China's HNA to tap M&A brake after 50 billion dollars deal splurge
Chinese conglomerate HNA Group intends to slow the pace, or at least the size, of its acquisitions overseas after USD 50 billion deal splurge.
After two years of aggressive deal-making - from buying stakes in Deutsche Bank and Hilton Worldwide Holdings Inc to taking over electronics distributor Ingram Micro - Chinese conglomerate HNA Group intends to slow the pace, or at least the size, of its acquisitions overseas.
A sprawling aviation-to-financial services group, HNA has emerged as China's most active non-government player in global markets, with deals worth more than $50 billion (39 billion pounds) - equal to the annual GDP of Bulgaria.
Political uncertainty in the United States and Europe - such as the upcoming negotiations on Britain's departure from the European Union - and China's broad crackdown on capital flight from the country, have changed the climate for HNA's unbridled growth.
Tensions between China and the United States are the biggest risk, said Tan, who received an MBA from St. John's University in New York and studied at Harvard Business School.
For HNA, which has accumulated assets even as other Chinese companies find it more difficult to acquire overseas, any pivot in strategy may bring the group more into line with government policy aimed at reducing the amount of money leaving China. It would also give it more opportunity to digest and rationalize the assets it has bought using often complex bank borrowing and debt arrangements.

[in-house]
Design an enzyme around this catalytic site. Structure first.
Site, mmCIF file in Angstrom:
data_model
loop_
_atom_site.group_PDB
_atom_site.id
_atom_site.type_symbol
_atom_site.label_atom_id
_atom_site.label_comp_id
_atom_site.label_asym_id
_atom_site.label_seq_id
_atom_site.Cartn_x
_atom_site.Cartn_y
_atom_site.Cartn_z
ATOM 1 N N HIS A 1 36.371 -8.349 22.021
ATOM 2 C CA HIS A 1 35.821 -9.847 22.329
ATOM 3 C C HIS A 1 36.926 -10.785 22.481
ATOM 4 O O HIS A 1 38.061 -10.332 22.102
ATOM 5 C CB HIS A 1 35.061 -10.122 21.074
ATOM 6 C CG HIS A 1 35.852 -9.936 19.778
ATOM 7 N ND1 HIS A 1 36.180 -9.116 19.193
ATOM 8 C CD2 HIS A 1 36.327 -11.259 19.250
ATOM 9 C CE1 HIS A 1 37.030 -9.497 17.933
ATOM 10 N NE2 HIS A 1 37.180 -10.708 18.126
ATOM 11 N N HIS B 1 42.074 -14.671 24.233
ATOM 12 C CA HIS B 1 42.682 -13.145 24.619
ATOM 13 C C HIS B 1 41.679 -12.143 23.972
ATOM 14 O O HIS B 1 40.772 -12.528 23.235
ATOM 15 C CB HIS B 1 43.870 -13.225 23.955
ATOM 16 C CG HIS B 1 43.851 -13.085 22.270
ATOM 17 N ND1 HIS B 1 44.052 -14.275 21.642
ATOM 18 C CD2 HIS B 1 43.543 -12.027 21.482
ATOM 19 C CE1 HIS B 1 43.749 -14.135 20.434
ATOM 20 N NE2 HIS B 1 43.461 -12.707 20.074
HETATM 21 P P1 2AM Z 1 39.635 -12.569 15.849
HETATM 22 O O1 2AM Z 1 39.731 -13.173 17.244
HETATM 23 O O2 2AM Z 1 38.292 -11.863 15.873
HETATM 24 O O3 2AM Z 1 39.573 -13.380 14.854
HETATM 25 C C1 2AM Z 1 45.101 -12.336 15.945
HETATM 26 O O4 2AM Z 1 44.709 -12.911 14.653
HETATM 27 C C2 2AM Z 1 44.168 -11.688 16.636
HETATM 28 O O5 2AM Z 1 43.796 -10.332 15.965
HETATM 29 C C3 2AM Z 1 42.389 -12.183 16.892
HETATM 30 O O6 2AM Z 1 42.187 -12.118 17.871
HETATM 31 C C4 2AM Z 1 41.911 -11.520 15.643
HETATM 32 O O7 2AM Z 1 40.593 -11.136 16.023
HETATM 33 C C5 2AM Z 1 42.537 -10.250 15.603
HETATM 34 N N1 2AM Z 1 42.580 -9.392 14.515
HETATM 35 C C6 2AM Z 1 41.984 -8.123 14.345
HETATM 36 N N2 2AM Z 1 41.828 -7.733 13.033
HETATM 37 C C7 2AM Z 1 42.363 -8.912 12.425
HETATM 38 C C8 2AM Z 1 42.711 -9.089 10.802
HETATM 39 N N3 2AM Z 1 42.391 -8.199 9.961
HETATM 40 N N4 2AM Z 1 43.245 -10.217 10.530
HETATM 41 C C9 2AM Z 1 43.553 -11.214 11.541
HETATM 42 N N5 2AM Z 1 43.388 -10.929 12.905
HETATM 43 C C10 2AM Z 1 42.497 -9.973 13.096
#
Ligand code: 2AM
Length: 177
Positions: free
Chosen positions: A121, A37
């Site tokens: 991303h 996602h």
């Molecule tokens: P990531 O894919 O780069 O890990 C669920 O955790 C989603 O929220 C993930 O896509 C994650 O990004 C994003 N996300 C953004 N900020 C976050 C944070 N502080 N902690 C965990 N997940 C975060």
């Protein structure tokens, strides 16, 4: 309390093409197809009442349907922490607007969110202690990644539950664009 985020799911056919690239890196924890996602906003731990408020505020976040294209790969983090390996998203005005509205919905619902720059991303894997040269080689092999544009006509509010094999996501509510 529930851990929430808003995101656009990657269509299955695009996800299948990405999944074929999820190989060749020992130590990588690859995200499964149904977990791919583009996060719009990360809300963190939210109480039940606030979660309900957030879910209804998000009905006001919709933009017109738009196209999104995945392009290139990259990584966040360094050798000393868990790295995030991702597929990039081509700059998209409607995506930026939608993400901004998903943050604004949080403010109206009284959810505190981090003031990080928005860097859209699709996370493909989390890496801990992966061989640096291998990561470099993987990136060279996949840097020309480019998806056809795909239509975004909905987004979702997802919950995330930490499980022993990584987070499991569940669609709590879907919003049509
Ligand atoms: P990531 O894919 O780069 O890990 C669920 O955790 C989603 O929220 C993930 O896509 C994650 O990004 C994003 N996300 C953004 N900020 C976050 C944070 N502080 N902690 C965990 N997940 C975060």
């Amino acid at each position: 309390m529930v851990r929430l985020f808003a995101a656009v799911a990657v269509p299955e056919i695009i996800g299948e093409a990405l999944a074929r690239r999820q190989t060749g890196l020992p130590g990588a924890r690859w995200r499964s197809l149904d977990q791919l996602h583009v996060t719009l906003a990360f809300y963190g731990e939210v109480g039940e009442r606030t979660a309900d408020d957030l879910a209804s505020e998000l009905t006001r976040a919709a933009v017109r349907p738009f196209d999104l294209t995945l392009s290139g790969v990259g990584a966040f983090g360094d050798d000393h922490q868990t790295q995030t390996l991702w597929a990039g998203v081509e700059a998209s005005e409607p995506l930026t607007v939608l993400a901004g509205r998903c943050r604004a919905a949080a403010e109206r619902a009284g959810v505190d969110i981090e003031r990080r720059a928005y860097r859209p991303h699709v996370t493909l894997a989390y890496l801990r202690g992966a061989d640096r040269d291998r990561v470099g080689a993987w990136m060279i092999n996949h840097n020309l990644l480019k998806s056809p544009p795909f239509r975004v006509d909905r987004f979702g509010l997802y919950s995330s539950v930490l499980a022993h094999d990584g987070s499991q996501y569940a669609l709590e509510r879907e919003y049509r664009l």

Tan spoke to Reuters at a time when HNA's financing and ownership structure has come under intense scrutiny.
In three years, the group has more than quadrupled its assets, to 1.2 trillion yuan (137 billion pounds) at the end of last year from 266 billion yuan at the end of 2013.
"The scope of their ambition, the speed of these acquisitions, the enormity of the credit resources at their disposal has put HNA in a different league, where the normal rules of business don't seem to apply," said William Kirby, a professor at Harvard Business School who has authored a case study on the group.
Fuelling HNA's expansion has been the ambition of its founding Chairman Chen Feng, at the cost of rising debt.
The group had around $89 billion in credit lines from domestic banks at the end of May. Separately, the group and its subsidiaries have issued more than $10 billion in outstanding onshore and offshore debt.
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